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Tourism from Carnival to Divali
Posted: Thursday, September 16, 2010

By Derren Joseph
September 16, 2010

On August 26th, there was an interesting article in the International Tourism press. President of the Sychelles, James Michel called upon his tourism industry to engage with the government to map out a new national tourism development plan. On the face of it there is nothing special about such an announcement but three things about that article that struck me.

Firstly, the President (who is also the Tourism Minister) acknowledges that sea, sand and sun no longer makes for a sustained competitive advantage. Secondly, the President is adamant that culture is important in distinguishing their destination from others in a very crowded market place. Thirdly, President Michel acknowledges that quality is an issue to be addressed. In so doing, he explained that a new quality assurance label will be issued annually to tourism establishments and services.

Now anyone who follows the Trinidad and Tobago tourism sector with any interest would smile because everything President Michel said in relation to his country has been said in relation to Trinidad and Tobago. The similarity is nothing short of remarkable. But wait. It gets better!

On August 29th, or just a few days later, I saw the bombshell. It now seems like Seychelles has found their answer to how they position their destination as more than sea, sand and sun. They found Carnival. So they are organizing an annual Carnival with the first edition due on March 4-6, 2011. Alain St. Ange, the Chief Executive Officer of the Seychelles Tourism Board spoke about a Carnival set to showcase cultures of the whole world in an atmosphere of togetherness as one world in a melting pot of cultures. My jaw dropped to the ground as I read it. Then I saw an email from a colleague of mine who has worked in the local Tourism sector much longer than I have. I did not even need to open that email. I knew exactly what she had to say. She too was drawn to that Seychelles article and had many thoughts on it.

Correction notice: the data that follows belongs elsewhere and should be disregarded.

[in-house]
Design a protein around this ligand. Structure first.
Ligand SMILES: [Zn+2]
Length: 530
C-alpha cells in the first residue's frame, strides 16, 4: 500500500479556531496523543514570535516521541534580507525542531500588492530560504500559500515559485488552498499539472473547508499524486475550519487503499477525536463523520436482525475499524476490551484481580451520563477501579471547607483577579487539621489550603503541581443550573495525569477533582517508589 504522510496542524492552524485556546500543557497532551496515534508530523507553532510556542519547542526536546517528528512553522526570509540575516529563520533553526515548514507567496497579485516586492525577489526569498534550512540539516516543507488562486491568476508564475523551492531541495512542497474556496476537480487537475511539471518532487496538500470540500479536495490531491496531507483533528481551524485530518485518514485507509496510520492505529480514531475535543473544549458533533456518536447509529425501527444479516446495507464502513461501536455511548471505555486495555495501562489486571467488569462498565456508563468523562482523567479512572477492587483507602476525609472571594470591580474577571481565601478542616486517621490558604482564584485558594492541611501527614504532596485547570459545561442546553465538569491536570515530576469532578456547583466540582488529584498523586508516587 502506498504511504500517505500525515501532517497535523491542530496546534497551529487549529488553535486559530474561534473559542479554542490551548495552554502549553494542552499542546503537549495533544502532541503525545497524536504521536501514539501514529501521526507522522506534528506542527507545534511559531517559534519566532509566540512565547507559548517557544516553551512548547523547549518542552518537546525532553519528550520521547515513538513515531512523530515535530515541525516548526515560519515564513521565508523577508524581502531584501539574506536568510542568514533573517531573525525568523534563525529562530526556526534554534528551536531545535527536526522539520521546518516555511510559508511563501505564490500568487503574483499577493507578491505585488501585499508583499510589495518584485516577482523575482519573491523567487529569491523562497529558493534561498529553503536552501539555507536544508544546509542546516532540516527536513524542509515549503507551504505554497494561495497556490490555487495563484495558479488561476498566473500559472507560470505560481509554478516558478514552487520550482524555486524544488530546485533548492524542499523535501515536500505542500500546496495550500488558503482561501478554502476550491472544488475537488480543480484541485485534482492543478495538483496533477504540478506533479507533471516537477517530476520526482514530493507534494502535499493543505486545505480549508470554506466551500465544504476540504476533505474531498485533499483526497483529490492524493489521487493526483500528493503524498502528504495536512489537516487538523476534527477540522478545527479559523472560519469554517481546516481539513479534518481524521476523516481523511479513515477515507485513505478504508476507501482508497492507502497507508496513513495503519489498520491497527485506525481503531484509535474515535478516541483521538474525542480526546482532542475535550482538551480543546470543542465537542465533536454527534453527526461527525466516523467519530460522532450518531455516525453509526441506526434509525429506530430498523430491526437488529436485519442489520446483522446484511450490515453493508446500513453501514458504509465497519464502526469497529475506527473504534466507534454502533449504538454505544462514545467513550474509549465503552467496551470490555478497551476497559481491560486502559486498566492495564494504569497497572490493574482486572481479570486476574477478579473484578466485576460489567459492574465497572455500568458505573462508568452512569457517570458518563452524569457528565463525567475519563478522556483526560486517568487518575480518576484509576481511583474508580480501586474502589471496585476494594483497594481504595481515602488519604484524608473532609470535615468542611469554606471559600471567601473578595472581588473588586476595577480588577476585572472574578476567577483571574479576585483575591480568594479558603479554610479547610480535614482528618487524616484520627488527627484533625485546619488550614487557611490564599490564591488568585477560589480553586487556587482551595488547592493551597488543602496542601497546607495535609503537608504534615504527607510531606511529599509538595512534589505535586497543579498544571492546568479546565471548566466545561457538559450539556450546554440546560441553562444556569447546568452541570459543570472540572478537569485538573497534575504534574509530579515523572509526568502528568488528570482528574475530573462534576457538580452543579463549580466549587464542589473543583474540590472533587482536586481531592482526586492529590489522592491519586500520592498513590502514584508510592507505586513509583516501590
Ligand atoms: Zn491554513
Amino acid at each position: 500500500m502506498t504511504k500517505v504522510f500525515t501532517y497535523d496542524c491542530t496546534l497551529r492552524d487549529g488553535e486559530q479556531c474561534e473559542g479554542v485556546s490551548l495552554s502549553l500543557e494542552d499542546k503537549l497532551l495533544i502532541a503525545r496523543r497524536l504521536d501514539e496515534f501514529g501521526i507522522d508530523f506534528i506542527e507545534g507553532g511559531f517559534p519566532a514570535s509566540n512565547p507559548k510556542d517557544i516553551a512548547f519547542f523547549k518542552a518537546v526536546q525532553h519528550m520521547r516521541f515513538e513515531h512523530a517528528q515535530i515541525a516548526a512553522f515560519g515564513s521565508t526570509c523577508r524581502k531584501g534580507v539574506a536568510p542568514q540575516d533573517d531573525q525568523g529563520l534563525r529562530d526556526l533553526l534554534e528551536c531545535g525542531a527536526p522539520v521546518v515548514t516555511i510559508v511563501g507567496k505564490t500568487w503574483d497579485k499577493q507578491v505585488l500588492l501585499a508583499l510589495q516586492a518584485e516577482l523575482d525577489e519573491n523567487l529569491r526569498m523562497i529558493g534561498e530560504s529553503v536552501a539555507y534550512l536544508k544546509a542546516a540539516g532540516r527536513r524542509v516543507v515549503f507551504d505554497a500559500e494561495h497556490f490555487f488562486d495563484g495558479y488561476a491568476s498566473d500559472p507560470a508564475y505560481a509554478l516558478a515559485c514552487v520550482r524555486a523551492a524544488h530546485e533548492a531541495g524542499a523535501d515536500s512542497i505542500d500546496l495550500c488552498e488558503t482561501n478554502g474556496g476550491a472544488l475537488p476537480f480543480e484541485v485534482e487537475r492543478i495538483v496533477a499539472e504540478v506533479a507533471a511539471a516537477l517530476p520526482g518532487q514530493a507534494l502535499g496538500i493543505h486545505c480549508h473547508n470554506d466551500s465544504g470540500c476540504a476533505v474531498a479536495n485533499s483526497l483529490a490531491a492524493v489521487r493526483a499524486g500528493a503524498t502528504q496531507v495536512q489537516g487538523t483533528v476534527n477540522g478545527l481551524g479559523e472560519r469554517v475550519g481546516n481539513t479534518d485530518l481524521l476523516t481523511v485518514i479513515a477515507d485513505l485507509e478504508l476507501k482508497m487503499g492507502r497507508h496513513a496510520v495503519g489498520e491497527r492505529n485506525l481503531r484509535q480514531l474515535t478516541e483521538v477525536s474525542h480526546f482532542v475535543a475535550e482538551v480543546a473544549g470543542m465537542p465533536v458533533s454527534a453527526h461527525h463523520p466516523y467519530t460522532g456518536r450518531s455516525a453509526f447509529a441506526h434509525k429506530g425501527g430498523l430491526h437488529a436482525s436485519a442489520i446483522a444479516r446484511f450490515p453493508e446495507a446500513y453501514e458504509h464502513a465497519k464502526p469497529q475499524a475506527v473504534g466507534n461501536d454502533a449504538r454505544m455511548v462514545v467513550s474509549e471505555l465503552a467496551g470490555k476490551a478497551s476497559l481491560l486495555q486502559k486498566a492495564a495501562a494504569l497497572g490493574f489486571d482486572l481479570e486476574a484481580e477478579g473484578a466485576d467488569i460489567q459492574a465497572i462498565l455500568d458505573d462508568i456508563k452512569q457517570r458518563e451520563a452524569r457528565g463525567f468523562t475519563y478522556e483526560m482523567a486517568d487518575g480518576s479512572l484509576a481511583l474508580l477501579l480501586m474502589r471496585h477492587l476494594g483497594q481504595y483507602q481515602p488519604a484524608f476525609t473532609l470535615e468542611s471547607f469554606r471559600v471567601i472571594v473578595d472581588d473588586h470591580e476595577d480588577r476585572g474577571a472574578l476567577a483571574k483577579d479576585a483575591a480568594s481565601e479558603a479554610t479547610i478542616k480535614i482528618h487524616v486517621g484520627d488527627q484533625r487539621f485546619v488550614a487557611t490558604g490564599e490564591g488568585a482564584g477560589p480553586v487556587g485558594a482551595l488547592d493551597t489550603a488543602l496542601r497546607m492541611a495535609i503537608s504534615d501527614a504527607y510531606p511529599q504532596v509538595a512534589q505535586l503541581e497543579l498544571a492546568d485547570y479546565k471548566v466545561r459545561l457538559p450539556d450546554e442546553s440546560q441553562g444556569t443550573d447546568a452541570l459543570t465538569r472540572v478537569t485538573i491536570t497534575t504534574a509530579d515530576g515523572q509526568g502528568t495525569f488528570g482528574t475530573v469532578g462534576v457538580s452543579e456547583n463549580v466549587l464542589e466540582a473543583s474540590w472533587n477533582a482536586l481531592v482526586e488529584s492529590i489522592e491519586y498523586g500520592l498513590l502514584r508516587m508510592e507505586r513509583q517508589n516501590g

Are we at risk in losing our position as host to one of the world’s best carnivals? Just like other countries lay claim to our steel pan (armed with patents or aggressive marketing), soon many could lay credible claim to our brand or style of carnival. After all, barriers to entry (as we say in Economics) are now much lower given the ease with which others can replicate our BBF based costumes (i.e. bikinis, beads and feathers). Do not get me wrong, I am not necessarily criticizing BBF mas (after all, my wife and I have already signed up with Bliss for 2011). I am simply acknowledging the views of those who argue that we may have lost "something" as carnival changed. We need to be very careful!

At the same time, Trinidad and Tobago is so much more than carnival. I genuinely see us as the land of festivals. St Lucia developed St Lucia Jazz in response to May being an off peak month for tourist arrivals. Fortunately, we do not need to invent anything. There is some festival or celebration happening here every month. Remember the carnival template? We had an indigenous festival which we created for ourselves. It was for us first! Over time, it expanded and evolved to the point where outsiders could embrace it as well. Now there is no need to point out that, according to our Central Statistical Office (CSO) 10% of our annual overseas visitors come during the carnival season alone.

Divali or Diwali is among the more "market ready" festivals that we have. A testimony to this is that yesterday, September 11th, a seminar was held at Gaston Courts in Chaguanas to explore the "Tourism Potential of Diwali, Ramleela, and Phagwa." This event was organised by the Diwali Ramleela Phagwa Tourism Council (DRPTC) and the Tourism Development Company Limited (TDC).

The main objectives of the Seminar/Workshop were to "explore the potential of local and foreign Tourism in Ramleela, Diwali, and Phagwa festivals, and to implement measures to nurture and develop this potential, with a Pilot Project in 2010, and a Full-Scale Project in 2011." Press deadlines being what they are, this column was written before the event, so I will speak more about it in a future column. I for one will definitely be among those supporting the DRPTC. Our country is the land of festivals – let us now take them ALL to the world!

My name is Derren Joseph and I love my country. As always, I end by saying that despite our challenges, we are so blessed to live in this beautiful land. Let us continue to have the audacity of hope in the future of our beloved country. Next week – we look at the tourism sector and the 2011 Budget!

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